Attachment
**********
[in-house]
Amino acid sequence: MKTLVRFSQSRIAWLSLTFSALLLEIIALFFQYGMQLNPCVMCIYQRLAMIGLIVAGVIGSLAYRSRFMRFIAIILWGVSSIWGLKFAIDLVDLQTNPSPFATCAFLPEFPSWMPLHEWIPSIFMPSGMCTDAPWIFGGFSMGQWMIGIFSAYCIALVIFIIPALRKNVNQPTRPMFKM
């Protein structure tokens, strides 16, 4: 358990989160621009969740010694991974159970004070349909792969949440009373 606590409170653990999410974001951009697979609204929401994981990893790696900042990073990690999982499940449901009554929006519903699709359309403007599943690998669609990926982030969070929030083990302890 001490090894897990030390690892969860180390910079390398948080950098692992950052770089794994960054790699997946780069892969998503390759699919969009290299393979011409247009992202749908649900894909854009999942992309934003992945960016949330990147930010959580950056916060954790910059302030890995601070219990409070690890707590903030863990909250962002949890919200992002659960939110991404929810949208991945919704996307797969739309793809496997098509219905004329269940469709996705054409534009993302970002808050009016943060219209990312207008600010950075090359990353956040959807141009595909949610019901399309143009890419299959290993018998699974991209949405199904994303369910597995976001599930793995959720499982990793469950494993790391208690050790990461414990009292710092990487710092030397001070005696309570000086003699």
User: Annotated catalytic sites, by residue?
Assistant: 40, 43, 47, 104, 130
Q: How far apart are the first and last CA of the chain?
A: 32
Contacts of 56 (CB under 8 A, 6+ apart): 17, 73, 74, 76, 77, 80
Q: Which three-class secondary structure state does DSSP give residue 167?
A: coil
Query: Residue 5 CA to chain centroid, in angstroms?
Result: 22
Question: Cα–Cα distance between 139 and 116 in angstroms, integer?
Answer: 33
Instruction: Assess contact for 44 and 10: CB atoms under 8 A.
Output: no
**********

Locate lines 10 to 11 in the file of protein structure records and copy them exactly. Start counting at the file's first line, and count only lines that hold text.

A: coil
Query: Residue 5 CA to chain centroid, in angstroms?